Photo: ‘The Tinder Swindler’
‘The Tinder Swindler’ – A World of Scammers
It’s no secret that the world is full of people who are morally bankrupt, people who go out of their way to take advantage of, hurt, and even kill others for their own personal, twisted gain. While crime exists in all shapes and forms, let’s take a moment to focus on one specific type: the scam. Since as far back as the dawn of time, there’ve existed people who love to do little more than scam others. Whether it’s through the Internet, over the phone, or simply one person building up another’s trust over time until they pick the perfect moment to strike, scammers and con artists have always been around.
Netflix’s latest true-crime documentary, ‘The Tinder Swindler’, perfectly encapsulates how dangerous the online world can be when it comes to this particular type of person; if you ever meet and befriend someone online, be very, very careful with how far you’re willing to go for them, because even if they seem like the ideal mate for you, even if they seem like the nicest, most wholesome person you could ever hope to meet, there’s always a chance that they’re not the person you think they are.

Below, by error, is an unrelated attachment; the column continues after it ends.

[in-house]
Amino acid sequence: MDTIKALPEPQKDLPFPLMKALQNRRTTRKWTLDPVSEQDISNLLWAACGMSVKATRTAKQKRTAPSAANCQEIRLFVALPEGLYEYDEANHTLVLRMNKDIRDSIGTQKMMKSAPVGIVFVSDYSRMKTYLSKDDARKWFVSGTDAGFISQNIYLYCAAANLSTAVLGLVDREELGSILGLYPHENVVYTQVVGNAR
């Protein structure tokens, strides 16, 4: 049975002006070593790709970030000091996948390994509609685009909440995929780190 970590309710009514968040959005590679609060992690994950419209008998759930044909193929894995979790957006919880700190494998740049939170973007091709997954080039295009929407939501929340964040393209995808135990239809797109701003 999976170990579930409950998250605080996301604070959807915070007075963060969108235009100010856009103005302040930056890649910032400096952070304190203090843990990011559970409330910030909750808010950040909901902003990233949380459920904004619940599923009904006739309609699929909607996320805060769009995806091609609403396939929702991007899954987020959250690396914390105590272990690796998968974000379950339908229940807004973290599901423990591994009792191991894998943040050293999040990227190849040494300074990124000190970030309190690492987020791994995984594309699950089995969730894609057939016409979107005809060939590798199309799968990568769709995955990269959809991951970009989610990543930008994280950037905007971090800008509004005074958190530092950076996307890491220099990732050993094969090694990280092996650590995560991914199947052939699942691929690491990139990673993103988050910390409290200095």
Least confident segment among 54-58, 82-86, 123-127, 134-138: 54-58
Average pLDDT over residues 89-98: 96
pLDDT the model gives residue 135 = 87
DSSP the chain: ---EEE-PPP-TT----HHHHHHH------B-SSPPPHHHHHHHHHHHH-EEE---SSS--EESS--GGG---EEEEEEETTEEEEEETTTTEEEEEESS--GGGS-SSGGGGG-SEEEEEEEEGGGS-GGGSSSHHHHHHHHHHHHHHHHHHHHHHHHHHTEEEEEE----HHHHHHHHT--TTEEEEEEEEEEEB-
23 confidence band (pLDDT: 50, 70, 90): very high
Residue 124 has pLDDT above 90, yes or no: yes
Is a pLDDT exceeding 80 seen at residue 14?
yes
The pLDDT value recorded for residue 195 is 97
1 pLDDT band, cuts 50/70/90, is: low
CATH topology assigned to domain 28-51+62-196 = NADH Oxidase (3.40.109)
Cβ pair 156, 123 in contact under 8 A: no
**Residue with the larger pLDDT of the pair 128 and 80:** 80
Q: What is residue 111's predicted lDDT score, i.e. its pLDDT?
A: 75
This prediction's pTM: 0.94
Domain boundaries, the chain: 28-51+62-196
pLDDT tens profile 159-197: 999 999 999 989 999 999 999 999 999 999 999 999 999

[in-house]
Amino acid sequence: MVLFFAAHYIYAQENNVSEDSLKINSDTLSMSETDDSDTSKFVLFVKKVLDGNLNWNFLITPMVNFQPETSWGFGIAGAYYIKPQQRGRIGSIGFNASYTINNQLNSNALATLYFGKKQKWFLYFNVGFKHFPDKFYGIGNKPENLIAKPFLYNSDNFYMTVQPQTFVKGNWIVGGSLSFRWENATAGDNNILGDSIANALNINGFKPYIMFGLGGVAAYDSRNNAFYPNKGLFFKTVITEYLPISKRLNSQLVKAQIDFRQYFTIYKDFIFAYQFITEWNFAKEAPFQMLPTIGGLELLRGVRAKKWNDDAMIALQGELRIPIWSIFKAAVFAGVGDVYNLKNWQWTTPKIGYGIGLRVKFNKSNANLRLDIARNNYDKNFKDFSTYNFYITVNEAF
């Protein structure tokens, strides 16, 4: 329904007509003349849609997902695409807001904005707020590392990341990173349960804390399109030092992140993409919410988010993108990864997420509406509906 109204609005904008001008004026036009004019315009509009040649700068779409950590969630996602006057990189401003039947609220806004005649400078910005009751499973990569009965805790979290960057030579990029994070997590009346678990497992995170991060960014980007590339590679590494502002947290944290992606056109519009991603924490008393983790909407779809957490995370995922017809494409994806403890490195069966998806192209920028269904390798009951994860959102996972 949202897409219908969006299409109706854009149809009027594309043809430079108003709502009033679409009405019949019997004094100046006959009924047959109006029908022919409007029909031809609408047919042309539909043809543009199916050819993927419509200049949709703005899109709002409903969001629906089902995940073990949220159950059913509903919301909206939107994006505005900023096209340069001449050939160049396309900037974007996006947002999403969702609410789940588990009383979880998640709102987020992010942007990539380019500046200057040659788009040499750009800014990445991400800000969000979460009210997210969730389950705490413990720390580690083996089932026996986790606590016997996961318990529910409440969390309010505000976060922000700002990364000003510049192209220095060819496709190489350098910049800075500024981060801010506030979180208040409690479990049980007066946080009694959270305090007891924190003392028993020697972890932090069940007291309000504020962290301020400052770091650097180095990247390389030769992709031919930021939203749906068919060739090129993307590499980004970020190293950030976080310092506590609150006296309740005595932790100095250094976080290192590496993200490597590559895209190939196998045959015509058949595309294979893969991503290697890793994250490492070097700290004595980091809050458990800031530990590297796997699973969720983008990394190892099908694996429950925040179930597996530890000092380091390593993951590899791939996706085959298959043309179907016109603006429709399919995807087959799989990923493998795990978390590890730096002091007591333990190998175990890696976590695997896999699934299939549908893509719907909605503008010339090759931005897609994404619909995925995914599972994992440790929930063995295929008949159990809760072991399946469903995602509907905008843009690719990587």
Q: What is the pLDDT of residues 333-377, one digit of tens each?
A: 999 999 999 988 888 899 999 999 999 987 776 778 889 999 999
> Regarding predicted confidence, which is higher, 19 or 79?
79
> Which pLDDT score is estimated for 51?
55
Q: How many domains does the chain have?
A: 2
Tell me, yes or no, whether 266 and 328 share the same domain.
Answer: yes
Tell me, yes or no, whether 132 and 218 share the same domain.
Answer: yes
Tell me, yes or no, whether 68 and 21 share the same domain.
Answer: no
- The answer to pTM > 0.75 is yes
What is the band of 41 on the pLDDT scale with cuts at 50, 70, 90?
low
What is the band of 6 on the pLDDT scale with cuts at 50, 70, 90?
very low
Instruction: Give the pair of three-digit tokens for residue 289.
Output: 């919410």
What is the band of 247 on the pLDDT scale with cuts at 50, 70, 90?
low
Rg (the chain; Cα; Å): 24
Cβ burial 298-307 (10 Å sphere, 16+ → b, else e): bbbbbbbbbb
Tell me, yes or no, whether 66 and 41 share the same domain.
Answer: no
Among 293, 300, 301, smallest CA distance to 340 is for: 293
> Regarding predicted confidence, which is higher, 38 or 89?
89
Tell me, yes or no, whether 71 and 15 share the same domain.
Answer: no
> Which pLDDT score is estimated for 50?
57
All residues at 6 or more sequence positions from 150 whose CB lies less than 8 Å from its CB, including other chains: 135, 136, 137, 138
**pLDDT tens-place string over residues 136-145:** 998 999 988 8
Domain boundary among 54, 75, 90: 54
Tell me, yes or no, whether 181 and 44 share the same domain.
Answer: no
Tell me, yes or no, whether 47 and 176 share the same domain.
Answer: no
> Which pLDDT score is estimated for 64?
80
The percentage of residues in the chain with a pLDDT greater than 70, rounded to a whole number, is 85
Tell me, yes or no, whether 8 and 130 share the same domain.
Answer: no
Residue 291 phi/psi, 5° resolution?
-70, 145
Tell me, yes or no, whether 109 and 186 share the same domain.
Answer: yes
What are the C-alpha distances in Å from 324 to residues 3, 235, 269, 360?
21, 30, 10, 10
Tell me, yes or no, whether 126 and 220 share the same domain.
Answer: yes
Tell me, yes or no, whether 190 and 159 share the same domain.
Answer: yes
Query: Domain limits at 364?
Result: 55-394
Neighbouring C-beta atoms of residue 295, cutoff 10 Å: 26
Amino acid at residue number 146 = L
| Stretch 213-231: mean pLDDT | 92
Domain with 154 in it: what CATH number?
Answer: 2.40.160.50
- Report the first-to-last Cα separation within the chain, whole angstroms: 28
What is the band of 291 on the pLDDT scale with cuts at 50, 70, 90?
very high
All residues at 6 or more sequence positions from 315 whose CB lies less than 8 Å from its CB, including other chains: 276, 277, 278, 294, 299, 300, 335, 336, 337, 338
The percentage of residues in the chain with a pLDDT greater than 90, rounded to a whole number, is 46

‘The Tinder Swindler’ is the directorial debut of Felicity Morris, who’s best known for previously producing the Emmy award-winning documentary series, ‘Don’t F**k with Cats: Hunting an Internet Killer’, which is also available to stream on Netflix. ‘The Tinder Swindler’, which just debuted on the streaming platform, tells the story of three different women, Cecilie Fjellhoy, Ayleen Charlotte, and Pernilla Sjoholm, who all fell victim to a man they met on the dating app Tinder named Simon Leviev. The Israeli man posed as the son of a billionaire in order to win over his victims, before staging a series of incidents in which he was able to trick them into handing over obscene amounts of money. The film is told largely through interviews of the three women, who each detail their experiences with Leviev.